There are numerous flashbacks to the pre-apocalypse. In fact the entire second episode is almost entirely flashback to the events that put her where she is when the show opened. You won’t find the gore like shows like The Walking Dead. There’s lots of machine-gun fire to kill zombies. Most of it takes place in extremely dark settings which of course saves on special effects and detailed makeups because much of the time you can’t really see what’s going on anyway. The story is not especially compelling or dramatic.

Although I have watched three episodes I’m not sure that it’s going to stay on my menu of shows to watch. In a crowded genre there isn’t much to stand out in this particular show.

The other offering from SyFy Channel that is new this season is Aftermath. Similar to Feel the Walking Dead, it follows the adventures of one particular family in the early days of the apocalypse so it is unoriginal in that respect. The biggest problem is it cannot decide what kind of a show it is. Early in the opening episode you think it’s going to be a more scientific end-of-the-world type of show. There are unusual numbers of earthquakes and mega storms scouring the earth. There are meteor showers and solar flares which are hinted to be the possible cause of all the strange occurrences. The show is set in the Pacific Northwest and begins with a mega storm. The storm brings about strange occurrences such as tons of fish, snakes, and other bizarre debris falling from the sky resembling a biblical plague. It is explained as being debris picked up by the storm.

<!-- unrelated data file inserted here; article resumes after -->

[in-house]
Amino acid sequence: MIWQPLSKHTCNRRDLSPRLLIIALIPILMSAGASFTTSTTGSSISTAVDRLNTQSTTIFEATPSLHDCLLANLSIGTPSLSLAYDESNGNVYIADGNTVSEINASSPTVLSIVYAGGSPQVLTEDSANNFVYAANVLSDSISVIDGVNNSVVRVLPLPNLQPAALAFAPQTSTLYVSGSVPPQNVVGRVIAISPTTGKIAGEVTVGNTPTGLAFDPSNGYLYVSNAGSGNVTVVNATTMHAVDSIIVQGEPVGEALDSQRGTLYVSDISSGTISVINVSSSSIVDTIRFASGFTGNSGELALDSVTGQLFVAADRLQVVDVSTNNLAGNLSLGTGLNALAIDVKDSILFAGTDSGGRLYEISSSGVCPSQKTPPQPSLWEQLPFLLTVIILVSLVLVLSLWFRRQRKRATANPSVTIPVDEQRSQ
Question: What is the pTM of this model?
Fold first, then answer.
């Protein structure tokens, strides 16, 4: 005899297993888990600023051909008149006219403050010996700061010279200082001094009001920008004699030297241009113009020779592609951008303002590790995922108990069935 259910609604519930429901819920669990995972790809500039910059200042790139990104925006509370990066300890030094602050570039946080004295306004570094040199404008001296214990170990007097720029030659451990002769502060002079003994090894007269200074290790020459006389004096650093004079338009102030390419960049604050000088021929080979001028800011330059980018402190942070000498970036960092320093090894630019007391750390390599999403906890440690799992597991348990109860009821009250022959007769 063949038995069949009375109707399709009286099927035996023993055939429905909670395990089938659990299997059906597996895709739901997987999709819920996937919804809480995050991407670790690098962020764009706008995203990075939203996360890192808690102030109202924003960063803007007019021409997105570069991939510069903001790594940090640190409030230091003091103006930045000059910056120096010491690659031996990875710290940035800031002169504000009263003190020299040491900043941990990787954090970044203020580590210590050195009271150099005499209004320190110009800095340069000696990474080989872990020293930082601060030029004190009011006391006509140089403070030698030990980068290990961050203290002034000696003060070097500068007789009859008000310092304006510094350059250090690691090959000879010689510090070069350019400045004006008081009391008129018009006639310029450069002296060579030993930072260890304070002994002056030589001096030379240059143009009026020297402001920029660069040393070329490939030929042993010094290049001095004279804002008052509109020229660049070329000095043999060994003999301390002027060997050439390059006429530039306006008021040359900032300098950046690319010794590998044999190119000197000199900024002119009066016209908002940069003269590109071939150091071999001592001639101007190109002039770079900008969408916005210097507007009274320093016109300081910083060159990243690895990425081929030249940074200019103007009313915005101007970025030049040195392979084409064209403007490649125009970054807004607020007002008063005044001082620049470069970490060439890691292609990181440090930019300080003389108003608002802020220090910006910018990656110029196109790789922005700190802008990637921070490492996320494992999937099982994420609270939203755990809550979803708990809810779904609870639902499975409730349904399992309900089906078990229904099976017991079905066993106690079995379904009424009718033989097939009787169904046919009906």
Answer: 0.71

If the show it continued in that vein, it might’ve been pretty interesting. But for some reason they decided to mix this traditional hard science apocalypse by also introducing some sort of contagious plague that causes people to act in bizarre and violent ways. Again if they had only added this one additional element to the story it might’ve been a good show. But they had to take it one step further.

The show also introduces a supernatural element. Some sort of ghostlike creatures are possessing people and causing them to do supernatural things. For example the daughter of the family gets dragged out of the house by a person who then flies up into the air and drags her off into the sky. The family goes chasing after her expecting to find her alive beyond all reason. In the next scene she is lying unconscious on the ground along with the man who flew off with her. The spirit which had possessed him and given him the supernatural ability had left his body and he was as clueless as she was asked to what actually had occurred. There is speculation that these supernatural creatures are manifestations of an ancient Native American legend called Skin-Walkers who rise from the underworld to possess the living.

In spite of all of these flaws and mixed messages, the show looks like it has potential. It would definitely be a much better show if it could make up its mind what kind of show it was. Is it a physical science end-of-the-world scenario with solar flares, meteors, earthquakes and storms? Is it a plague driven semi zombie apocalypse? Is it a show about supernatural possession? It tries to be all three and it is a distraction to the rest of the story telling. I’m hopeful that as the show progresses, the schizophrenic genre approach becomes less of a distraction and we can begin to appreciate the basic storytelling and characters. I have more hope that this will eventually be a watchable program than is Van Helsing.

Ultimately though we have to wonder that in a crowded field of zombies, vampires, and other apocalyptic stories if there is any room at all for either of the shows. For now I’m reading both of these as “could be watchable” with Van Helsing at the lower end of that scale and Aftermath at the upper end.

Michael Weatherly’s New Series Is A Lot of Bull